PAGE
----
Job of Producer versus Recording Engineer

Can someone explain the difference between what a producer does and what a recording engineer does in a recording studio? Does it vary depending on the type of music?
producer is the one who financially promotes albums and artists.

recording engineer simply the one in-charge of the recording process of the above mentioned items.
I'm not sure that that is a correct explanation with respect to recording as opposed to movie/theater. My understanding is that the producer of a recording directs the mix, sets the flavor, chooses the overall direction of the recording. Well known producers have a "sound" that they are known for, like Phil Spector, Don Was, Quincy Jones, etc. I may very well be wrong, but I thought that a record prdocuer is more like a director of a movie or play. The money is usually put up by the record label.
The recording engineer will set up the mics and associated gear,and pending on the type of producer, some more involved in the actural mix then others,may do the mix as well. But the final tracks at least would be given the ok by the performer and producer.
It's not always clear cut, but the producer is responsible for the overall sound and vibe of a recording while the engineer is responsible for getting that sound on tape. It really depends on the specific people involved and the roles can heavily overlap.
Producer is in charge of the full chain for making the final product and the budget - he or she is contracted by the recorded label or artist. He of she subcontracts the people involved to record and master the music. Producers often have people they like and are used to working with, hence the sound. Producers don't actually mix or master with actual equipment but they are in charge and do make QC decisions (often along with the artist).
It's simpler to say what an engineer does: this is a person who is responsible for implementing the technical aspects of the recording, mixing, and mastering processes. Engineers physically run the recording/mixing/mastering studios. By default and/or necessity it's also not unusual for engineers to have some input into the more artistic type of decisions, especially regarding sound, that are normally thought of as the province of the artist and the producer (and for which they often receive no public acknowledgement).

What a producer can do varies more widely, mostly depending on the type of music being recorded and the scope and budget of the sessions. Traditionally, the rough analogy with films goes something like this: record label = movie studio, label A&R (artist and repertiore) person = movie producer, and record producer = film director. This is a flawed analogy of course, not least because more often in music the 'actors' are also the writers and/or creative decision-makers as well as the performers. In practice the record producer's role can range anywhere from mostly an advisory role to the self-directed, creative artist, all the way to 'svengali' status where the 'artist' is basically just doing the producer's bidding, i.e. given material to record and told how to perform it. But in general, the producer can best be looked at as being either the 'musical director' or the 'sound director' of the recording sessions, or both, with the artist depending on the producer to help formulate and translate their intentions into a plan of action that is then carried out with the help and expertise of the engineers. Session producers don't always participate in the mixing and/or mastering processes (more often they do only with the former), but the final OK on many artistic and sound decisions, at least within the major-label context, often ulitmately comes from the A&R people in combination with the label heads. Of course when the producers and/or artists are bigger names, or even get their own label imprints, they get more say-so over the final product.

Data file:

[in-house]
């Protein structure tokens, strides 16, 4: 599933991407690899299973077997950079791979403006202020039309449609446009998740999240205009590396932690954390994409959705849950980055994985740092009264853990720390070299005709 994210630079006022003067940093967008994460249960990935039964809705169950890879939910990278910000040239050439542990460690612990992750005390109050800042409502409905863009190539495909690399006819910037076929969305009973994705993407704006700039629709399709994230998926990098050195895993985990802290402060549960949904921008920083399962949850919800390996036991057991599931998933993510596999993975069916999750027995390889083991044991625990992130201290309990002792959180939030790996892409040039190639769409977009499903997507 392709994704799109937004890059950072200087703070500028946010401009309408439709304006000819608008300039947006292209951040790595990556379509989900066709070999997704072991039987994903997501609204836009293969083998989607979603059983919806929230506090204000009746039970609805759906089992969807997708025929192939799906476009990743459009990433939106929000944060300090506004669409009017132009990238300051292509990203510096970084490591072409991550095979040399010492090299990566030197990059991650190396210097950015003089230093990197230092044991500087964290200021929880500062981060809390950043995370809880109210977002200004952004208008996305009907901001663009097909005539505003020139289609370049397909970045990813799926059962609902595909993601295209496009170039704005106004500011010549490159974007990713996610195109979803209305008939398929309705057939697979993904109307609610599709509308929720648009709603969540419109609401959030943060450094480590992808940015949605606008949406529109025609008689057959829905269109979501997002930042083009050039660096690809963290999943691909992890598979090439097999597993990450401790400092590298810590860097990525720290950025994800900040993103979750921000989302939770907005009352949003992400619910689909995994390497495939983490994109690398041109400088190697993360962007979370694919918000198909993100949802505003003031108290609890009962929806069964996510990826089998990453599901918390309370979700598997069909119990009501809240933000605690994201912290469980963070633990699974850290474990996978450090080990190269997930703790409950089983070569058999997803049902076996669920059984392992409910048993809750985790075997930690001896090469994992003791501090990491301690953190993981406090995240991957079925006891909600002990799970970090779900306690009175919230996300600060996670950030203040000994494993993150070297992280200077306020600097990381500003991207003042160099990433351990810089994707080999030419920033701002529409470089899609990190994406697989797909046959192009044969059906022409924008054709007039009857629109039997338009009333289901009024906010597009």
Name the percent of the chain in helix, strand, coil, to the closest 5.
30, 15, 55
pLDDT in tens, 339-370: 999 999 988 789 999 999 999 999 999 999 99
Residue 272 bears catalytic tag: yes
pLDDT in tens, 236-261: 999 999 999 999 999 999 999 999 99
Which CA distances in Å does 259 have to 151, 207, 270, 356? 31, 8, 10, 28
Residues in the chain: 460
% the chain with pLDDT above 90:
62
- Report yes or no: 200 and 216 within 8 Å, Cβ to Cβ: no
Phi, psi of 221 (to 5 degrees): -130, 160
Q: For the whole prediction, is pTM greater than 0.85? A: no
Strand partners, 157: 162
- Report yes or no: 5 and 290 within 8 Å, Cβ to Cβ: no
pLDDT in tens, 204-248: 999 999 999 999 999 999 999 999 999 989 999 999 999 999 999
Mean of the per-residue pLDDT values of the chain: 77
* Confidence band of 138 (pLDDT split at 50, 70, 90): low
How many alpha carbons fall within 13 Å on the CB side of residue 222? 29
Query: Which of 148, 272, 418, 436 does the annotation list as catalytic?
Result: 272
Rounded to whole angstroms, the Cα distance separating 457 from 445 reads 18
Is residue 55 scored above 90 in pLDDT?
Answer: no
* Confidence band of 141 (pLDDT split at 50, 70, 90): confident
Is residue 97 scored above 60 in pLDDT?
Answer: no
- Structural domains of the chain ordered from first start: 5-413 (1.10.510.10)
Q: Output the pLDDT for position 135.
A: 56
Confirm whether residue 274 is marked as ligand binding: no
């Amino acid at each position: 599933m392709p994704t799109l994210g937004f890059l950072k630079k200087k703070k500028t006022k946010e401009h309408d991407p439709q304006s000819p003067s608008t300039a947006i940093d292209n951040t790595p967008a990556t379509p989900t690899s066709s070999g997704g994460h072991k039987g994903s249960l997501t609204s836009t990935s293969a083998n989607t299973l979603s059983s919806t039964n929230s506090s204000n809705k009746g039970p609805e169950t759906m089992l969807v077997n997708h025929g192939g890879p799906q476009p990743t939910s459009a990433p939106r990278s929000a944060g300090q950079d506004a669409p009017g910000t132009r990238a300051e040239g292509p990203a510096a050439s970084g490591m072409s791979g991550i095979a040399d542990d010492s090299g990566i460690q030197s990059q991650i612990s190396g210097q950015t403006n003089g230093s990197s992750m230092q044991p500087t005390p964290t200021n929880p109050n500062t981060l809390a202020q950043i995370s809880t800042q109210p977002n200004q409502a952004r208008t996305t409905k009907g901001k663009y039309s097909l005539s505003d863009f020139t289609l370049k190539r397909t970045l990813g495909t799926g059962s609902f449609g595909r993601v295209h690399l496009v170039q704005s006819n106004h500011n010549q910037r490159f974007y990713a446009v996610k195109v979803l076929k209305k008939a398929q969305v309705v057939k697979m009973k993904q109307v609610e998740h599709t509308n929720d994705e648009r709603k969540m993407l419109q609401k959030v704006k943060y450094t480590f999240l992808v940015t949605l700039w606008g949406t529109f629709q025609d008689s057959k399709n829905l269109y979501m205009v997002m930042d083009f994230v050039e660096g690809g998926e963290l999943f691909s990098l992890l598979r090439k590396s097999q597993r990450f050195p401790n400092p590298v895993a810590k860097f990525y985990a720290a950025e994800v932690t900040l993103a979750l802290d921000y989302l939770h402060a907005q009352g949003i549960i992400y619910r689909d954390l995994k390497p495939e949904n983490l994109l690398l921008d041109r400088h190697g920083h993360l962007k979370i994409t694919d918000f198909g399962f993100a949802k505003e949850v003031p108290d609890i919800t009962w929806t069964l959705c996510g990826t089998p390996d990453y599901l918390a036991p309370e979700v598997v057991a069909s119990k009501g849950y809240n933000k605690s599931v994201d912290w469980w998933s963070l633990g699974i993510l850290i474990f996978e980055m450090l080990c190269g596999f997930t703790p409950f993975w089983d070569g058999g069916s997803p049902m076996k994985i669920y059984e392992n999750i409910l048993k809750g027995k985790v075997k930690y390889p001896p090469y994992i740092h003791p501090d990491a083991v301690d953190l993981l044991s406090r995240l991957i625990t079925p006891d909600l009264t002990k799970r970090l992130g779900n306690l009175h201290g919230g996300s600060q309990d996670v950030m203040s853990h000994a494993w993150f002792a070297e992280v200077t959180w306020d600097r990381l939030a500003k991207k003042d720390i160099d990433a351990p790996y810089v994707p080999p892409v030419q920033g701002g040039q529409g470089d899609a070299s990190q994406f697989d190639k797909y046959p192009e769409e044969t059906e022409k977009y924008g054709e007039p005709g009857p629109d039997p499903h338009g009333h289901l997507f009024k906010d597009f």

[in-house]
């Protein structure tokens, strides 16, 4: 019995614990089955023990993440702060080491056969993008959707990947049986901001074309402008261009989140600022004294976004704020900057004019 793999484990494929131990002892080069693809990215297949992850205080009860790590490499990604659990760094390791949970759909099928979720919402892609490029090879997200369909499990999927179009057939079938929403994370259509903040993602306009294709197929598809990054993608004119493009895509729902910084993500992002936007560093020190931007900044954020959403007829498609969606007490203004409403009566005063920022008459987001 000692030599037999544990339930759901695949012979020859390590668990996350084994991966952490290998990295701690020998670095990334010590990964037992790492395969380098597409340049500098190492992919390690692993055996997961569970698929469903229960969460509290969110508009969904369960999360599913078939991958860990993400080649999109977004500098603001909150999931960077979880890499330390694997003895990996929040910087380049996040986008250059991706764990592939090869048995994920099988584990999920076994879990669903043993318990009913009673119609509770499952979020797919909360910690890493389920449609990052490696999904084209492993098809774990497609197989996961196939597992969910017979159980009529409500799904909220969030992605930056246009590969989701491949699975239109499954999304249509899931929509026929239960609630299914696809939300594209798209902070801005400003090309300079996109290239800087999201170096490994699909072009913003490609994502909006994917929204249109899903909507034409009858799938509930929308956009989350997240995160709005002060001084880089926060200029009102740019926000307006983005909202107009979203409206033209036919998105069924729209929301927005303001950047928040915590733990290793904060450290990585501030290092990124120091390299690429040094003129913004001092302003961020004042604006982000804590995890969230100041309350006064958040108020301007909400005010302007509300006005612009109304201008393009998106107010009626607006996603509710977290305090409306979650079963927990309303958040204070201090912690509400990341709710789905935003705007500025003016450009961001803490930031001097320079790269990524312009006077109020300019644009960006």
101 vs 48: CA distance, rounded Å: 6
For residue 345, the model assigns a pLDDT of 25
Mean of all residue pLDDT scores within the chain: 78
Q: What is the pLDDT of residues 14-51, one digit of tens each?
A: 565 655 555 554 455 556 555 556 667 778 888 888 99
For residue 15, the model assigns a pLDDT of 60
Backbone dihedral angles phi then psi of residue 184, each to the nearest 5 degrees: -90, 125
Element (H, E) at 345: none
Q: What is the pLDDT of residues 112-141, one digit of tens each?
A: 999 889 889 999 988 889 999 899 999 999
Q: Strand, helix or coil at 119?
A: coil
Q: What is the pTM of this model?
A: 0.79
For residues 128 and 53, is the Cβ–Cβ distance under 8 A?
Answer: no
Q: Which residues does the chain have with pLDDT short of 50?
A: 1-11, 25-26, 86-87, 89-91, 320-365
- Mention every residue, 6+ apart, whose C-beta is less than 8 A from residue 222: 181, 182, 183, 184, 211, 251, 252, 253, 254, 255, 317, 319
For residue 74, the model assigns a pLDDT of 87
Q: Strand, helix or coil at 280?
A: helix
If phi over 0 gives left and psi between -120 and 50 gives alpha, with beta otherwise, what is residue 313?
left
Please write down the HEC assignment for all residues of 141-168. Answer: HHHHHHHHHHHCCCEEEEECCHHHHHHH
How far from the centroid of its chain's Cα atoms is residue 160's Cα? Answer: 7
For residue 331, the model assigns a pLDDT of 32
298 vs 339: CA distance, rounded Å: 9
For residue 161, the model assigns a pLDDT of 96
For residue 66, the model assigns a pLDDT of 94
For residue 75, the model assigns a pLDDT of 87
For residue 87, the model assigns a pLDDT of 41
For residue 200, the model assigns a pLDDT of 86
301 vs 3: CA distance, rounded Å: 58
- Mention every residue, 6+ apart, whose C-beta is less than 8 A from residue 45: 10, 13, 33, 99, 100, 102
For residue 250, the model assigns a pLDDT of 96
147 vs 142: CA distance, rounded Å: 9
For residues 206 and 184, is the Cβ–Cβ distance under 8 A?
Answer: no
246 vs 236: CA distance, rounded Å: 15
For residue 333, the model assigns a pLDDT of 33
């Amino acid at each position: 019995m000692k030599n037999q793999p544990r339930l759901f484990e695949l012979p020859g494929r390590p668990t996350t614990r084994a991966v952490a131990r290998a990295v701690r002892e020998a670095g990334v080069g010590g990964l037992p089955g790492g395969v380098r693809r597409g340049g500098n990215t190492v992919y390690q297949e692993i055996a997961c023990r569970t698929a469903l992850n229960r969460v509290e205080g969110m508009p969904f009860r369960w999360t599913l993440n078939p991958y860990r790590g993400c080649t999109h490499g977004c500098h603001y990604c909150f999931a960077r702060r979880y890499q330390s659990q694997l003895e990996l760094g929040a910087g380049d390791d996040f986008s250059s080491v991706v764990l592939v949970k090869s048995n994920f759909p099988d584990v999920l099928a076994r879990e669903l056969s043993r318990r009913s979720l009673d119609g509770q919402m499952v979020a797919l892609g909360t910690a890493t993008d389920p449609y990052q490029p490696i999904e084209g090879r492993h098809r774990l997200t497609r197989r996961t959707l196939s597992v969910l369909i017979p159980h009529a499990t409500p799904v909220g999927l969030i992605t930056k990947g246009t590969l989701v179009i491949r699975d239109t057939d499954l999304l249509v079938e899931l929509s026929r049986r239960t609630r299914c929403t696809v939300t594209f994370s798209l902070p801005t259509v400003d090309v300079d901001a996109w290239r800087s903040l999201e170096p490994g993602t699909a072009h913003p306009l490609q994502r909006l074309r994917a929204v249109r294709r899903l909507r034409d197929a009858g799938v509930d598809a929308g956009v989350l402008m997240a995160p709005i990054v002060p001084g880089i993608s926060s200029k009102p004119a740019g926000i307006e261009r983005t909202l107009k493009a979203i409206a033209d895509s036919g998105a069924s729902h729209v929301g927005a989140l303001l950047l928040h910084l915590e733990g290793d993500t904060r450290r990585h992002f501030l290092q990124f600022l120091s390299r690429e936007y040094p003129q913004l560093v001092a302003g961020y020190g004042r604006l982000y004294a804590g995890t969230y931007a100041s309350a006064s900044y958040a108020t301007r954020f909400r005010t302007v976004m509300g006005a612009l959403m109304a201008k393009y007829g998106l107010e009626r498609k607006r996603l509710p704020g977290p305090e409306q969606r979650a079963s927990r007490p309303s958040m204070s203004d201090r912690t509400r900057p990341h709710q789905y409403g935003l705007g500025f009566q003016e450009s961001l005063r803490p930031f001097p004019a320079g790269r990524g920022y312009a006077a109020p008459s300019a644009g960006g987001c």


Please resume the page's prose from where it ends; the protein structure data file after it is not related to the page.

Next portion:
Shardone, that's a good definition of a producer, but it doesn't fit all situations. A current trend in pop music is to bring in a different producer for individual album tracks. For a flat fee the "producer" comes in and sprinkles his signature sound upon the artist with the goal being a hit record. In other situations there is no producer. A band without a label rents a few days in a studio, hires an engineer and record enough songs for a CD. If the band has no studio savy, the engineer will have to do things a producer will normally have input on, but essentially the CD has no producer.

It's more likely that a producer will have engineering chops than an engineer having a true flair for production, but the line is still very fluid with people doing both jobs. It's common for an engineer to ask for production credit, but rarely the other way around.
Gotta think that role defining along these lines will be a slippery frog when variations in genres, labels, projects and personalities are factored in. Two examples come to mind: Charles Gerhardt, a Julliard trained pianist turned recording engineer often took up the baton to conduct sessions that he was recording. And for the inverse, there was Leo Stokowski, the conductor turned sound engineer who directed mic placement and spent more time at the console than on the riser for many of London’s over-maligned “Phase-4” recordings.
In both instances, a case can be made that the “Producers” were reduced to names on a jacket and that these two forceful personalities left their creative stamps as producers of those recordings.